Jihadist fighters may have escaped besieged city – Philippines official
The Philippines military has said that the Islamic State-linked militants occupying the city of Marawi are “too degraded” to launch further attacks, however there are fears that some jihadists may have escaped the besieged city.
Speaking at a press briefing Friday, a spokesman for the armed forces conceded that some of the jihadists who occupied the city in the southern province of Mindanao may have escaped the city by posing as evacuees.
Brigadier General Restituto Padilla said security has been tightened in nearby cities Iligan and Cagayan de Oro, and authorities are on the lookout for anyone who might "attempt to sow some confusion or sow terror,” Reuters report.
Padilla stressed that the jihadists are “significantly degraded,” adding they do not have the ability to stage Marawi-like occupations in other cities.
He also said that the militants in the city are weakening: “Enemy resistance continues to dwindle and enemy-held areas continues to get smaller as troops advance."
However, the military has failed to hit previous deadlines to defeat the occupation, which has now gone on for nearly four weeks.
Padilla’s comments come amid reports that some militants have slipped out of the besieged city and are now in the surrounding areas. He said talk of the escaped fighters launching attacks in neighboring towns was based on “misinformation that's being spread by the enemies.”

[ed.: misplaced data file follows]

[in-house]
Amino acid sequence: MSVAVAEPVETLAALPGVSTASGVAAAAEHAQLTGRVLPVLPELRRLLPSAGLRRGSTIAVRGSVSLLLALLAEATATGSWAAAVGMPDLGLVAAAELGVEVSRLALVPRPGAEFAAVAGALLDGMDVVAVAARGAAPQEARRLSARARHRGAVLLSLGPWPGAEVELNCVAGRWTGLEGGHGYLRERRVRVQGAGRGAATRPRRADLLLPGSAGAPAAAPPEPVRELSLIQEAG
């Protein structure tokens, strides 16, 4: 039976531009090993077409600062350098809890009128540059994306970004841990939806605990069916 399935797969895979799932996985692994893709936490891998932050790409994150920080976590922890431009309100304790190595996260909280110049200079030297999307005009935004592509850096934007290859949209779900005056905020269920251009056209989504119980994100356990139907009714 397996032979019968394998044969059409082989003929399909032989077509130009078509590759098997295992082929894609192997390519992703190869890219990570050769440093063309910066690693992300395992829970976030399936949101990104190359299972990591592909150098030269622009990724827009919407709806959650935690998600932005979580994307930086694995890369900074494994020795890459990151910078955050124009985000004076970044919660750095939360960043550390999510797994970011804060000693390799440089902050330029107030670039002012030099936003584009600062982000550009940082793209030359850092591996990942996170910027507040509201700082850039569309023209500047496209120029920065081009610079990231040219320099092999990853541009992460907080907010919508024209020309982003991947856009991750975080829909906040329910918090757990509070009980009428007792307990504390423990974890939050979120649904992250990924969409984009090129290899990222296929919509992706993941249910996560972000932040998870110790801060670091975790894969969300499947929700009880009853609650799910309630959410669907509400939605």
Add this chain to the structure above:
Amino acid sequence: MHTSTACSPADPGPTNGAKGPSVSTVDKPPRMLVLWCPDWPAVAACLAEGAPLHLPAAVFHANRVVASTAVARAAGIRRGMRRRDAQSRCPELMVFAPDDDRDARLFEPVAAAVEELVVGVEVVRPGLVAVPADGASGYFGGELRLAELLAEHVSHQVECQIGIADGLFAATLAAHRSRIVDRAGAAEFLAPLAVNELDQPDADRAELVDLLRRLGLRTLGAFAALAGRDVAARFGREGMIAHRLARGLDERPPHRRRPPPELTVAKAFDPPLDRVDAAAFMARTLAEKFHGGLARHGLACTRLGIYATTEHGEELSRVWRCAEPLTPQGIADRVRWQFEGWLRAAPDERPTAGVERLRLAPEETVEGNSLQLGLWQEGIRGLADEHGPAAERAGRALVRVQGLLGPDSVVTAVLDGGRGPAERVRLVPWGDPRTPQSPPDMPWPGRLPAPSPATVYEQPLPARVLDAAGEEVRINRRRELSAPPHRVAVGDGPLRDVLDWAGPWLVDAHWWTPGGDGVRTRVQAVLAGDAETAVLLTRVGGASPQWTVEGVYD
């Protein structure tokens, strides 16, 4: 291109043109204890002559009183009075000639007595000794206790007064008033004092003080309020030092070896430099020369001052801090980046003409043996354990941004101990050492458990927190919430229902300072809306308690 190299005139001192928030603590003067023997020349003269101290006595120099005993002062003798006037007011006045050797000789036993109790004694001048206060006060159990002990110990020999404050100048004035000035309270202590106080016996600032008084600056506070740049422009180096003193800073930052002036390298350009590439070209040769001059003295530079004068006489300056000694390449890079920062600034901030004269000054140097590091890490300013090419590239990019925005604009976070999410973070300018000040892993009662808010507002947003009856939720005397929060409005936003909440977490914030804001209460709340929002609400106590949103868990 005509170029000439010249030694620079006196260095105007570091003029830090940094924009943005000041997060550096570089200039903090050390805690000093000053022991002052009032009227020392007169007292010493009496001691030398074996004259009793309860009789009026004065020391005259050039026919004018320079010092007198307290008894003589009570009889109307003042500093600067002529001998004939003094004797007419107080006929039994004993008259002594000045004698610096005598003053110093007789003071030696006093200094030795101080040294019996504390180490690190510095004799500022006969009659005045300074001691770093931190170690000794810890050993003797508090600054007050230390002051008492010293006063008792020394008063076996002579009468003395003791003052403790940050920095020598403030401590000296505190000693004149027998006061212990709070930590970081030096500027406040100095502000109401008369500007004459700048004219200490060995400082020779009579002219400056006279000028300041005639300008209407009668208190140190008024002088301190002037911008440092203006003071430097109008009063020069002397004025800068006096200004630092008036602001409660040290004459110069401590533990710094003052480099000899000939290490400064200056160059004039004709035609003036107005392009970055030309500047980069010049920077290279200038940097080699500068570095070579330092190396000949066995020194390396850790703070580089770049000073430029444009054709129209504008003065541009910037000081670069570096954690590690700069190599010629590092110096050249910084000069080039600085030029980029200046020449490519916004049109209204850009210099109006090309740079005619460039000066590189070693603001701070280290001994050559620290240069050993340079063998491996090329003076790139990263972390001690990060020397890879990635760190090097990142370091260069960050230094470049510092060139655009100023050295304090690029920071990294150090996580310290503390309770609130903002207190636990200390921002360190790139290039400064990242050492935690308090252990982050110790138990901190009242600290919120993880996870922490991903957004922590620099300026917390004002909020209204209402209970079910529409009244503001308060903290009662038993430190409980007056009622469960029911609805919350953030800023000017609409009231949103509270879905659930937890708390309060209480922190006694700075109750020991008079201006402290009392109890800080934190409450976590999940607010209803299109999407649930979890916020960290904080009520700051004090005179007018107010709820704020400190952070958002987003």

Earlier this week, Mohammad Noaim Maute, whose brothers Omarkhayam and Abdullah lead the Maute group of militants, was arrested at a checkpoint near Cagayan de Oro. It’s believed he is a bomb maker for the group.
The Maute and Abu Sayyaf terrorist groups, both of which have pledged allegiance to Islamic State (IS, formerly ISIS/ISIL), have occupied Marawi since May 23. Much of the city has been destroyed by the intense fighting which has displaced more than 320,000 residents, Philippine news outlet ABS-CBN reports.
Philippine President Rodrigo Duterte placed the entire island of Mindanao under martial law after the militants laid siege to the city.
Official estimates say that more than 300 people have been killed during nearly four weeks of fighting. The figure includes 225 militants, 59 soldiers and 26 civilians.
Residents fleeing the city reported seeing at least 100 dead bodies in an area which had seen heavy fighting.